Lehman Trading Hurt by Counterparty Worry
Lehman Brothers Holdings has seen its trading earnings hurt as clients worry about the credit strength of unregulated derivatives units, though it has sufficient capital and access to government funding, a veteran brokerage analyst told clients Thursday.
Lehman shares trimmed early gains of as much as 6.7 percent and were up about 3 percent in late Thursday morning trading, slightly ahead of the the Amex Securities Broker Dealer index , which was up 2.8 percent.
Lehman shares sank 19 percent the first two days of this week as some investors speculated the fourth-largest investment bank will report a larger-than-expected quarterly loss and be forced to raise as much as $4 billion of new equity.
The shares rose 2.6 percent on Wednesday, helped by a vote of confidence from a top bond manager.
But Brad Hintz, who follows brokers for Sanford Bernstein, said that while broker-dealer units in the United States, UK, Japan and Germany "are still being fully accepted by the market, cautious credit officers at clients of the firm are limiting trading with the unregulated derivatives subsidiaries of the company."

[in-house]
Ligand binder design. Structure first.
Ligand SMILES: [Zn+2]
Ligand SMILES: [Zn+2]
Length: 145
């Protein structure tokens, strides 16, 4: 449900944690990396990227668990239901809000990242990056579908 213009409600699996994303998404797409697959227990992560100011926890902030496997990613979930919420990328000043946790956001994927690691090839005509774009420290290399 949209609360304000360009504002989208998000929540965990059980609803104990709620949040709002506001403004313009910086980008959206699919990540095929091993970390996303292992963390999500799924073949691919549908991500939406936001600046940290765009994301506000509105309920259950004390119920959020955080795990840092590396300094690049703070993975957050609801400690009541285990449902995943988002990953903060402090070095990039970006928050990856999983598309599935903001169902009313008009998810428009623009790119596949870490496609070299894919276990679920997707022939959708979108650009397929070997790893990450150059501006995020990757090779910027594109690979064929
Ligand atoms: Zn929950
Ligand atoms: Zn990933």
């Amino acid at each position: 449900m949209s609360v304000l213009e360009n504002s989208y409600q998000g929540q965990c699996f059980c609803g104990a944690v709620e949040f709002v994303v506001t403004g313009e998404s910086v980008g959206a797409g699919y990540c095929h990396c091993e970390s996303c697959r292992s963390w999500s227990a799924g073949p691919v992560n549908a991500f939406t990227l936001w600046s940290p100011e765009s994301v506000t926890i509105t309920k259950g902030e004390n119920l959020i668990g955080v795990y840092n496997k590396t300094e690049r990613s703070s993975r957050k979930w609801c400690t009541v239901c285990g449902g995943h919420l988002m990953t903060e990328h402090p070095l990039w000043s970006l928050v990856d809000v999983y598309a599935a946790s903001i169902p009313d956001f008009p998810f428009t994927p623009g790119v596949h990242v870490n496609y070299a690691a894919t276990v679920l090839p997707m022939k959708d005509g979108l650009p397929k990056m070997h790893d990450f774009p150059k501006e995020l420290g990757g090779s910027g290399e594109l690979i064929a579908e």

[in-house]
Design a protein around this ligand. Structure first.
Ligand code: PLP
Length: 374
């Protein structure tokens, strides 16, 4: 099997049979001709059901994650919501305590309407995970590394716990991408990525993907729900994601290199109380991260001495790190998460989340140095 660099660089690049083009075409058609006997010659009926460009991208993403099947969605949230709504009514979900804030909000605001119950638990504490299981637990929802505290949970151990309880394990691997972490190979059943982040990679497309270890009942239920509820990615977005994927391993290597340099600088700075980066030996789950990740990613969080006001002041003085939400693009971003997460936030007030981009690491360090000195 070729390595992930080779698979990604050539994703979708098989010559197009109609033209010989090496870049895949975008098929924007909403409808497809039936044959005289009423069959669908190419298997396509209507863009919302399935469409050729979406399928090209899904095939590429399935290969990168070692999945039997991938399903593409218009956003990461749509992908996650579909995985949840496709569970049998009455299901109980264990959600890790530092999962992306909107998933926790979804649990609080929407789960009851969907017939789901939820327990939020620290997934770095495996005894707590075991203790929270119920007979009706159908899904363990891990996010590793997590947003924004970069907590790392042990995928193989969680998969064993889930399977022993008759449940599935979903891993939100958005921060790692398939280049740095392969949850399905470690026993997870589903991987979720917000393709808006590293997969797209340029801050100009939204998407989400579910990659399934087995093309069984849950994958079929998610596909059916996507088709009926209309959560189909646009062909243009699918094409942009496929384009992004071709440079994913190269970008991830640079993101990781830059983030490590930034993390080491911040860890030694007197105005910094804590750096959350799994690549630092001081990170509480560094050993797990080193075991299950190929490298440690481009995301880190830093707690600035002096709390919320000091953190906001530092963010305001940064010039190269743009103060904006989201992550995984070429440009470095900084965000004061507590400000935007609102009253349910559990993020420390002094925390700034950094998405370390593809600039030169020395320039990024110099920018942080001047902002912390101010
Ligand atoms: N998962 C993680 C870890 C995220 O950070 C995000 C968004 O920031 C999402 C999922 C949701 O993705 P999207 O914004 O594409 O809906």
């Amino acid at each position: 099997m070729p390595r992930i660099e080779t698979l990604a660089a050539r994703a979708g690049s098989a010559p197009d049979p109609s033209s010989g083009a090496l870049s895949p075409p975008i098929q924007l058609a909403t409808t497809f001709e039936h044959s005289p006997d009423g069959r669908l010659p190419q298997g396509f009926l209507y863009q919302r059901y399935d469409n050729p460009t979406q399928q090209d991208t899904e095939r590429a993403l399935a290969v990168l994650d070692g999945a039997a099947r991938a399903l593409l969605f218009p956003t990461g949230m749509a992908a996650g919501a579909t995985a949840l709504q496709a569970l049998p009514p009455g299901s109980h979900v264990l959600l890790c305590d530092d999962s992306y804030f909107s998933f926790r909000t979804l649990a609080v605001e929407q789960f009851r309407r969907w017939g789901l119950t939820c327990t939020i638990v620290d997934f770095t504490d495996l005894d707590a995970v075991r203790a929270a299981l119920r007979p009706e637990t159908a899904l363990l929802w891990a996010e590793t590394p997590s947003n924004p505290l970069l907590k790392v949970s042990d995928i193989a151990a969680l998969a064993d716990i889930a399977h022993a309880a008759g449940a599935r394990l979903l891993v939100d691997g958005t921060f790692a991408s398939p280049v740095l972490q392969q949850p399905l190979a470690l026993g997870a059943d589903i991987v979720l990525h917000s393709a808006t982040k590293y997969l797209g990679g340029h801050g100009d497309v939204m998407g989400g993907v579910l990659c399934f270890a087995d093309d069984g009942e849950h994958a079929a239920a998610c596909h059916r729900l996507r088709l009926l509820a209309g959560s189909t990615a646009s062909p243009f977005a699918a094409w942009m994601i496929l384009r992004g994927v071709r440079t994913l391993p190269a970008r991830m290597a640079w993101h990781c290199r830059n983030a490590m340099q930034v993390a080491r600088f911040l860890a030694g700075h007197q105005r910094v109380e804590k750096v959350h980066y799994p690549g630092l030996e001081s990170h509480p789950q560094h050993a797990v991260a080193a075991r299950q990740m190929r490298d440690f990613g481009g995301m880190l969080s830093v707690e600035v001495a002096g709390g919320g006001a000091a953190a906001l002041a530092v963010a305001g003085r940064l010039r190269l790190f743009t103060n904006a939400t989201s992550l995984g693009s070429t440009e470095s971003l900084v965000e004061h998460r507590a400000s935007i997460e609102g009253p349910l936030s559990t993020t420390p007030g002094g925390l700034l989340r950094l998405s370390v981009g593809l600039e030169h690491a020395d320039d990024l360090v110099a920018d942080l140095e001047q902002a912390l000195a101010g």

As a result, Hintz reduced his third- and fourth-quarter earnings estimates for Lehman to $1.13 and $1.10 per share, respectively, down 11 cents each, anticipating reduced earnings from the trading of debt, equities and commodities derivatives.
Hintz, a former Lehman chief financial officer, reduced his 2008 earnings estimate to $3.20 from $3.42, and his 2009 estimate to $5.95 from $6.11.
"We recommend investors remain on the sidelines with Lehman until the firm demonstrates a reduction in leverage and lowers its exposures to troubled asset classes," Hintz said.
Lehman declined to comment.
Separately, Deutsche Bank lowered its price target and 2008 earnings estimates on Lehman, citing higher-than-expected hedging losses and assumption for a new $4 billion common equity offering.
The brokerage cut its price target to $49 from $52 and reduced 2008 earnings view to $2.45 from $3.60 a share.
But Deutsche Bank maintained its "buy" rating on the stock, which was up 97 cents at $32.37 in late morning trading.
The cost of insuring Lehman Brothers' debt with credit default swaps tightened on Thursday, according to data from Phoenix Partners Group.
Lehman's five-year credit default swaps fell to 240 basis points, or $240,000 a year to protect $10 million of debt, down from 263 basis points at Wednesday's close.
Hintz, in his client note, added that Lehman's fixed income derivative business is under pressure after Standard & Poor's cut Lehman's credit rating to single-A from A-plus.
"Such a downgrade makes it less likely for counterparties to enter into long-dated derivatives," he said, and that will erode profit.
Hintz rates Lehman stock "market perform." Hintz said unregulated subsidiaries that are now "somewhat suspect" include Lehman Brothers Special Financing, Lehman Brothers Finance, Lehman Brothers OTC, and Lehman Brothers Commodity Services.
Deutsche said it did not view liquidity as a major issue for Lehman.
While equity risk remains, it does not seem out-sized, said the brokerage.